Sunday, June 05, 2016

The giants of Pamplona's Basque culture

Giants are a part of the festival of San Fermin, which takes place July 6-14.


The community center where I swim had a couple of 13-foot giants on display last week, and a sign said they would be "dancing" as part of a neighborhood Basque culture festival. Cindy and I decided to go check it out (50-second video below).




Pamplona is politically outside the Basque Autonomous Region (we're in Navarra), but the northern part of the city is culturally very Basque. We live in Etxacaboiz (etch-a-ka-BOYTZ), on the border with Barañáin, a couple of good Basque place names. 


In local schools they teach some courses in Euskera, the Basque language, which has no relation to French, Italian, or any other Western European language. Its origins are unknown. The big local debate has been about the new leftist government's decision to decrease the number of bilingual schools that teach in English in order to increase the number of bilingual schools that teach in Euskera. 

Some of my colleagues speak Euskera, and when they are with friends will often use words that they then need to explain to other listeners. 

Translation -- a neglected art

On another language note, some of my colleagues here have had their books translated into English by publishing houses that are supposedly reputable. The result is an English that does credit to no one. It's embarrassing, really. It looks like a Spanish native with a graduate degree in English and a thorough immersion in Hollywood movies worked from a dictionary and Google Translate. Every paragraph, almost every sentence, has some abomination of the language. 

Translation is such hard work and is so poorly paid that none of this should be a surprise. Computer translations can be helpful if you want to know some simple information or instructions. But they produce a language that is laughable, ridiculous. If you want to translate Spanish into English that sounds like a human being wrote it, it is damn hard work.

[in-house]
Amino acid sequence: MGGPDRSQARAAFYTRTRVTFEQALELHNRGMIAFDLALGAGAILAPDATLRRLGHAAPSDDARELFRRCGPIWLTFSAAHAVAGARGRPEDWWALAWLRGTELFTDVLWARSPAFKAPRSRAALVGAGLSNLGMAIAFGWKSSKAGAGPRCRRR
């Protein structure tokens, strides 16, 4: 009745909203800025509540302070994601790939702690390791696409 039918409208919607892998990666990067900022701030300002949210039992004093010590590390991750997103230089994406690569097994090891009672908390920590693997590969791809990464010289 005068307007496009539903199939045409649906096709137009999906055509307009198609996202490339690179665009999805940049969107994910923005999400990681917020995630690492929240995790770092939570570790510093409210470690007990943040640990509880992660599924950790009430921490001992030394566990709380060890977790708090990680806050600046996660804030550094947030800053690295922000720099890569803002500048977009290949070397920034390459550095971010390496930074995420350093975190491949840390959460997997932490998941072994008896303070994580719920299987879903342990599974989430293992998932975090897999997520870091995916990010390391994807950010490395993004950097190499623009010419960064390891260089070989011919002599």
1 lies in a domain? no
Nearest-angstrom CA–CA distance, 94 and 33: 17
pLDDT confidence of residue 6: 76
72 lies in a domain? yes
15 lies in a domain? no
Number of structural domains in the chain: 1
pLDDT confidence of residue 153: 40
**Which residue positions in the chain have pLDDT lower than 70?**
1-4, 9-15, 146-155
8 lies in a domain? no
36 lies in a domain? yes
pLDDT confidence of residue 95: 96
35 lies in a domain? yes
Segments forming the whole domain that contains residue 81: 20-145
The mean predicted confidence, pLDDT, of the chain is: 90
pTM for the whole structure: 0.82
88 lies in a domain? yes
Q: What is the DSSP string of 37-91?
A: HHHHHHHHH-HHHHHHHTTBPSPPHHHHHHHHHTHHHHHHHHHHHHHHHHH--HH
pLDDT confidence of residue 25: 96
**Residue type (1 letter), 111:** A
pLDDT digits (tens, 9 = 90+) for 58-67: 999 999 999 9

The reason I have been thinking about this is I just spent about seven hours yesterday translating one of my own blog posts -- about four times longer than usual, at 3,000 words -- into Spanish. The English version has been popular, so I needed to dedicate the time. I am a really lousy translator, in both directions. Being bilingual does not mean you can be a translator. That is a fine art. 

Wrapping up the semester

On Wednesday I give a kind of extra final exam to those who flunked the May final or otherwise didn't complete the project parts of the course. Then I am basically done, except for several research papers I am working on with various colleagues.

Here I am with some of my best students. The two on either end and the one next to me in the blue sweater just graduated. They judged the final projects by my Media Economics class. 65 students produced 17 projects. The other students with me -- two from Croatia, one from U.S., one Italian and one from Chile -- did one of the best projects. They created a kind of social network where students seeking international internships could connect with employers seeking students. Kind of like LinkedIn but taking advantage of existing student networks. 
That class was pretty satisfying. Lots of innovation.

With some colleagues from University of Navarra on our cruise around Manhattan during an academic conference in May. We all presented papers. The guy in the middle, Robert Picard, is from Oxford and has organized the conference every year. They pulled me into the picture while I had a mouthful of dessert.


This is inside the Aljaferia palace in Zaragoza. Cindy captured the grace of the Mudejar doors and arches. 

When Patrick and Jamie were here, we took them to nearby Zaragoza, which is one of our favorite places. One place we couldn't get into was the Aljaferia Palace, built by the Moors in the 11th Century and later taken over by the Catholic kings.

On that day, there was some government function taking place and lots of big shots were pulling up in their fancy vehicles and military uniforms. Plenty of cops were around preventing people from parking in the public spaces so that the big shots could take the spots.

Related:

A Roman holiday in western Spain
How to spend nine weeks in Europe without losing your shirt
Columbus Day story: How he brought me to Spain
20,000-year-old cave art and the north coast of Spain
Barcelona's art and architecture make it a favorite
Cordoba's main attraction: mix of Jewish, Moorish, Christian cultures 

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